New homes plan for historic Leeds hospital site

l
l
0
Have your say

Planners are recommending the go-ahead for a controversial scheme which includes building dozens of homes on the green belt on the site of a former mental hospital in Leeds.

The 300-acre High Royds estate in Menston opened in 1888 as a pauper lunatic asylum, and later became a psychiatric hospital. It was shut in 2003 and its services relocated. More than 450 homes, including 200 new homes, have been built on the site since 2005.

Developers Avant Homes are now seeking planning permission to convert the Grade Two listed administration building, which has an imposing clock tower, and former workshops, into 46 apartments.

But they also want to build 25 homes on Green Belt off Norwood Avenue - a move opposed by some residents and Aireborough Neighbourhood Forum.

In a report one objector said: “The need for refurbishment does not outweigh the irrevocable damage to the green belt.”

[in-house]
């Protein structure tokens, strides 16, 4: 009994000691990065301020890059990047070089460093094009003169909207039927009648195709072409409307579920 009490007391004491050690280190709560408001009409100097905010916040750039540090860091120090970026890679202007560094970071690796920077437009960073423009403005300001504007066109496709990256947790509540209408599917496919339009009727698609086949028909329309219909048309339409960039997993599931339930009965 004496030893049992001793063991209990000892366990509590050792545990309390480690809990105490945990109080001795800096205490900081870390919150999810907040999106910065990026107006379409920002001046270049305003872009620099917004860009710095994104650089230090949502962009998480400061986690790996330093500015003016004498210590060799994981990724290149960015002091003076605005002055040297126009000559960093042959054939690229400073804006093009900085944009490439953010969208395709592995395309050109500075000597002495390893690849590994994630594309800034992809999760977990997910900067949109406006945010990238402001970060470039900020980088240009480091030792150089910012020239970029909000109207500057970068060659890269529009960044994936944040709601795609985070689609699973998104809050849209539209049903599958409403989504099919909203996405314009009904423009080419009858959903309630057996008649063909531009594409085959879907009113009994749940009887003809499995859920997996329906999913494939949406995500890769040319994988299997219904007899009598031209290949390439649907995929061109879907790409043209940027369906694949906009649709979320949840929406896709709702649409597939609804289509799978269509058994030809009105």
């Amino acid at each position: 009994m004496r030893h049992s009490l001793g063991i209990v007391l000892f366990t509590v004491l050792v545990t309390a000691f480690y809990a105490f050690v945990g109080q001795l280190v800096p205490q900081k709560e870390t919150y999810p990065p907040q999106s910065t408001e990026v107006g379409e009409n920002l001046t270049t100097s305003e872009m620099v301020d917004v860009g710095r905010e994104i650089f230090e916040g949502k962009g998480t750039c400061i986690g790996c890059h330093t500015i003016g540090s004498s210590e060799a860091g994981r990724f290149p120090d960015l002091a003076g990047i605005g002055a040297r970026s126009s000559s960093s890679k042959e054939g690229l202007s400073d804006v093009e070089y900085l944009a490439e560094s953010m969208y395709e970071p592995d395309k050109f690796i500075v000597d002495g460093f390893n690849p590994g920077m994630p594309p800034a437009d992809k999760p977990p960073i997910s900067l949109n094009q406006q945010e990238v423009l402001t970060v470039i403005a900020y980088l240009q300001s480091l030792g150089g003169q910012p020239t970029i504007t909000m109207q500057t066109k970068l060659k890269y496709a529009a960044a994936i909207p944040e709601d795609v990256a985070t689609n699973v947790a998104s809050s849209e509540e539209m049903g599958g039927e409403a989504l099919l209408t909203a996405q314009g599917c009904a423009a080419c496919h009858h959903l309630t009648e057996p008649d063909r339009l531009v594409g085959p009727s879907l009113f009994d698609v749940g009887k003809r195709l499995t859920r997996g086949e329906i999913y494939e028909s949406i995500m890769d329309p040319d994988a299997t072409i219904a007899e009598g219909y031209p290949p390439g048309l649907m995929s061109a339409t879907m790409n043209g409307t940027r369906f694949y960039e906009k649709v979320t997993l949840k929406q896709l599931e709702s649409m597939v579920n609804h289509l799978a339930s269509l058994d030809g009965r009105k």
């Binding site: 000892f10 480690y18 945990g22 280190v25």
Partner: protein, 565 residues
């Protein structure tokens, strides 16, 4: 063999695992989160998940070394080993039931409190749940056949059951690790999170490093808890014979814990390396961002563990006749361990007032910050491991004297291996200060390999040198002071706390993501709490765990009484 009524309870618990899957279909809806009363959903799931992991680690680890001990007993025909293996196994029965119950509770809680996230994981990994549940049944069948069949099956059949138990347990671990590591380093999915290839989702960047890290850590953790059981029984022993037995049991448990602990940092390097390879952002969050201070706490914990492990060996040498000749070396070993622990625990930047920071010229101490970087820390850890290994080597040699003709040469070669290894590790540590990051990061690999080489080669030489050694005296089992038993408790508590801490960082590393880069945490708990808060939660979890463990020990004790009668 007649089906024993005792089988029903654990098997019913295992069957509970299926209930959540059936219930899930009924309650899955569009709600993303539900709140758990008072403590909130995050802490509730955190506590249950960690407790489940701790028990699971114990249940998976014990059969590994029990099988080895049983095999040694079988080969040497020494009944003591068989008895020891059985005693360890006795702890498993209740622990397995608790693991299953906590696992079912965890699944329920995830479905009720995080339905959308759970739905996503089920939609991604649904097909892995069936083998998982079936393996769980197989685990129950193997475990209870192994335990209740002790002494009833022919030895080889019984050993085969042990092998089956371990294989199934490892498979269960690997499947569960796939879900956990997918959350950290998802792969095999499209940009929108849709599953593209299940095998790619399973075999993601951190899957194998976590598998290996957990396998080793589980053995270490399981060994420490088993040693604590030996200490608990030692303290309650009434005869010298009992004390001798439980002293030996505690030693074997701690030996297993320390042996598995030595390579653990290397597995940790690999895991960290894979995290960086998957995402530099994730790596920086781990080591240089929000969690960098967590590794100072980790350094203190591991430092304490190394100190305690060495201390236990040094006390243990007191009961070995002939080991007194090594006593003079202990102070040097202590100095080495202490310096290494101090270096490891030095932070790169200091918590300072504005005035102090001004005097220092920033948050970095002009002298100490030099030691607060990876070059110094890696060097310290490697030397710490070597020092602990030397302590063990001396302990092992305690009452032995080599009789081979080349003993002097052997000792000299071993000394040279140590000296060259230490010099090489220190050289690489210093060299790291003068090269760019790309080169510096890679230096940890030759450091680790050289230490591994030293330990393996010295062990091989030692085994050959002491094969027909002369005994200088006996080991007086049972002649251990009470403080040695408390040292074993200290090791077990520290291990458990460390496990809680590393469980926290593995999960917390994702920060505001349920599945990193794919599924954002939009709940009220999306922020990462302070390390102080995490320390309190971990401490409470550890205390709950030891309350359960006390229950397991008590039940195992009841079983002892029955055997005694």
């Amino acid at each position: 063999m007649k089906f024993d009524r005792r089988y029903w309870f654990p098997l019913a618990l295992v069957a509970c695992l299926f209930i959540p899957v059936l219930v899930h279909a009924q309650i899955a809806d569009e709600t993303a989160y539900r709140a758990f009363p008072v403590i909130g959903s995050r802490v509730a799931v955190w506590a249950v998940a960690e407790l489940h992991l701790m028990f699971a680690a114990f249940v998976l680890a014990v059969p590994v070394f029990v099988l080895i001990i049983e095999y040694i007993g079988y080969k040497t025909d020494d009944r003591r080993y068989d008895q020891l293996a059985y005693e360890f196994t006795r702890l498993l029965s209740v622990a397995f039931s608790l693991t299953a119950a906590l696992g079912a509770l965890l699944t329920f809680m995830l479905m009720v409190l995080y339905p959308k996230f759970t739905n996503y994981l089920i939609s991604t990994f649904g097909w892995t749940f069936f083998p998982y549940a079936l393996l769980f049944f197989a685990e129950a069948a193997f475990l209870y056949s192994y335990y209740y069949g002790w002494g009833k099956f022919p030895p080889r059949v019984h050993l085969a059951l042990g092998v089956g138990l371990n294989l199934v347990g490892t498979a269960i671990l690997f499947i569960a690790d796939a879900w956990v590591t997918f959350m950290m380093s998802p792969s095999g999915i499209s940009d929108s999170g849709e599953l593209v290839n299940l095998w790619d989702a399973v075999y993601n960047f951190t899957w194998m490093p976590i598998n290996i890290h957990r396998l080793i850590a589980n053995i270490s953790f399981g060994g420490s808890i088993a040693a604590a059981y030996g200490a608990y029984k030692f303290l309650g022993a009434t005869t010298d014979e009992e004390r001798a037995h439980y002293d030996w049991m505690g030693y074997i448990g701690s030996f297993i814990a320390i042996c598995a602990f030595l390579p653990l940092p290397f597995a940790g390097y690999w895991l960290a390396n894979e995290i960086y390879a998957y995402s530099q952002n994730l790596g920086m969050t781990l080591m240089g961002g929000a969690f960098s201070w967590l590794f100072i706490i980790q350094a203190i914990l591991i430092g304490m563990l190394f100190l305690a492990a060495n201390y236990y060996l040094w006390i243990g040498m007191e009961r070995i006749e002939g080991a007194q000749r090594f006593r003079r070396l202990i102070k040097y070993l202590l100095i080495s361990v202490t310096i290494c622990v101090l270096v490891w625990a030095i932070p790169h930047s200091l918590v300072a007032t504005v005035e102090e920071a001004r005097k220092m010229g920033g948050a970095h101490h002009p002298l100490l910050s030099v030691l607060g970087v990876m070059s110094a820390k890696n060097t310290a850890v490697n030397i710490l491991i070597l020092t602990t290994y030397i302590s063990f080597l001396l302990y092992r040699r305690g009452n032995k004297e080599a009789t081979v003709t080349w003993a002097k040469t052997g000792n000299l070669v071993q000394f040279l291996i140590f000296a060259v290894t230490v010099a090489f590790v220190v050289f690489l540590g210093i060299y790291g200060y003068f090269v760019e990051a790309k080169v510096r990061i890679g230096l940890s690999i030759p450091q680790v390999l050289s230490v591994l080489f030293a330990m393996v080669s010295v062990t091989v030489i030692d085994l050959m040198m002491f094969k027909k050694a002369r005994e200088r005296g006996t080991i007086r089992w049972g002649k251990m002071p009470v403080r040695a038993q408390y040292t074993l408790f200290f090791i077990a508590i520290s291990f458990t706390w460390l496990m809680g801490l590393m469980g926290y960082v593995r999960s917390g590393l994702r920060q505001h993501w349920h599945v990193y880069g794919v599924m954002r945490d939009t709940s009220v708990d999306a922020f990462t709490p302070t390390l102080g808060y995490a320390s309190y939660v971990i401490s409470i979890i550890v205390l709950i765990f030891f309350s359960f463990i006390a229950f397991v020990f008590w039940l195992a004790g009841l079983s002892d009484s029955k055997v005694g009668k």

Planners at Leeds City Council are recommending councillors approve the plans, subject to a legal agreement, at a meeting this week.

They said the administration building “was and still is the first building you see...set within vast parkland to the front. To secure the conversion of this and enable it to be restored is a major positive.”

The building of the new homes will be phased to ensure the administration block is converted at the same time. Officers stated: “Given the benefits the scheme will bring to a designated heritage asset, it is concluded that very special circumstances exist to outweigh the harm to the green belt and any other harm.”

Since the hospital’s closure, the site has been used as a location for the film Asylum and for the TV series No Angels and Bodies. David Jason’s 2005 drama Diamond Geezer was also shot there, and local band the Kaiser Chiefs have written a song about High Royds.

Innovation Network at the Parkinson Building, Leeds..Pictured from the left are Dave Moore, Dr Oliver Jones, Louise O'Brien and Greg Wright..6th December 2017 ..Picture by Simon Hulme

Yorkshire firms can boost productivity by thinking creatively, Leeds event is told